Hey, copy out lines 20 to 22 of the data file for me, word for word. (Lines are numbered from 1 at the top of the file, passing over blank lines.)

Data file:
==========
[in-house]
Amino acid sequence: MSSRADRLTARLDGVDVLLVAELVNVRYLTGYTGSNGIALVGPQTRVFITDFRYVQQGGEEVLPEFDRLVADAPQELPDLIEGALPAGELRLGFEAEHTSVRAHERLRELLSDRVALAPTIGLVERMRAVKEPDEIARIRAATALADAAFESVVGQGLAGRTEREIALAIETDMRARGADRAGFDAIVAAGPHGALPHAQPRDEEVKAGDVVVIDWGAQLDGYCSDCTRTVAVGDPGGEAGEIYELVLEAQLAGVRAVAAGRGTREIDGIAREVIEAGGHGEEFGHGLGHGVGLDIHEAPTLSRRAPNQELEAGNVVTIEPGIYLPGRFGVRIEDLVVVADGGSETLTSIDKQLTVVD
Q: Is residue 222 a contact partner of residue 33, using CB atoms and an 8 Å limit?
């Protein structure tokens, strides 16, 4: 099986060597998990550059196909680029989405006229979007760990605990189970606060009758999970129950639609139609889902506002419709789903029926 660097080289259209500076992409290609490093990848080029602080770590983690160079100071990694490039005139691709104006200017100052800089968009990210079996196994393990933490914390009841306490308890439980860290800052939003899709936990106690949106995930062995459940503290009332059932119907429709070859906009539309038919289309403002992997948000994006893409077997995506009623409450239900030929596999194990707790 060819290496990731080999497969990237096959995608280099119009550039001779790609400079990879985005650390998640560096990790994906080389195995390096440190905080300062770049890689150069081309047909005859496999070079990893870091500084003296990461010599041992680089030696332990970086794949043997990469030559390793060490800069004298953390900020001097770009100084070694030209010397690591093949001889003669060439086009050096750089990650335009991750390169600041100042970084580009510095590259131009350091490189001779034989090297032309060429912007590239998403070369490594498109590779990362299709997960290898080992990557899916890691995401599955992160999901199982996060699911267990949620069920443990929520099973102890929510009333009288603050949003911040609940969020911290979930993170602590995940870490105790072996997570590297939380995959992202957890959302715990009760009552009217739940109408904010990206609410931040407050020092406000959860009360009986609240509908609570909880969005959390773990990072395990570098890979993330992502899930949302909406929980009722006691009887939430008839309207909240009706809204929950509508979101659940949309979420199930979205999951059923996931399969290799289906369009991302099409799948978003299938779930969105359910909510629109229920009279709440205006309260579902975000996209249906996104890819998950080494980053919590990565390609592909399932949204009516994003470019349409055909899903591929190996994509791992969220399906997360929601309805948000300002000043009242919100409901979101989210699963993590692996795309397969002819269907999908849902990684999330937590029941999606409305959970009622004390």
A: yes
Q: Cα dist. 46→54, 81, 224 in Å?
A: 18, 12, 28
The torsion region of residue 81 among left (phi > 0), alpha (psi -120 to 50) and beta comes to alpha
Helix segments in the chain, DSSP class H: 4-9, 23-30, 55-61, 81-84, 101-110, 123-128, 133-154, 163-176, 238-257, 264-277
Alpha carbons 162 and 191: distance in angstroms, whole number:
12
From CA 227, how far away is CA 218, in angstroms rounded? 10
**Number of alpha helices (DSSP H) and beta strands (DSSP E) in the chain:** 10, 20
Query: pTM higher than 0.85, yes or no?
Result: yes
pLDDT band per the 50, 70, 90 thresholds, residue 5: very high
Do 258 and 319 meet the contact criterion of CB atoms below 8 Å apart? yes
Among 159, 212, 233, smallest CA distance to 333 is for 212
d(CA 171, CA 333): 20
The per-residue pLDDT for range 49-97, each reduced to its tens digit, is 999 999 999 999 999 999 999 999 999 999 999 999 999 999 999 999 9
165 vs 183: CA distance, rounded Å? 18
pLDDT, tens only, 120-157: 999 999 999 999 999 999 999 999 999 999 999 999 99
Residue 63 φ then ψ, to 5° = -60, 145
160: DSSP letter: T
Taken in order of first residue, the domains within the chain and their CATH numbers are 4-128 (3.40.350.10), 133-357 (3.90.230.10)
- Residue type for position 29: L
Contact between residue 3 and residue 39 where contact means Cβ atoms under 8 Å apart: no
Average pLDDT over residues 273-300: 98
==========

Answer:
The per-residue pLDDT for range 49-97, each reduced to its tens digit, is 999 999 999 999 999 999 999 999 999 999 999 999 999 999 999 999 9
165 vs 183: CA distance, rounded Å? 18
pLDDT, tens only, 120-157: 999 999 999 999 999 999 999 999 999 999 999 999 99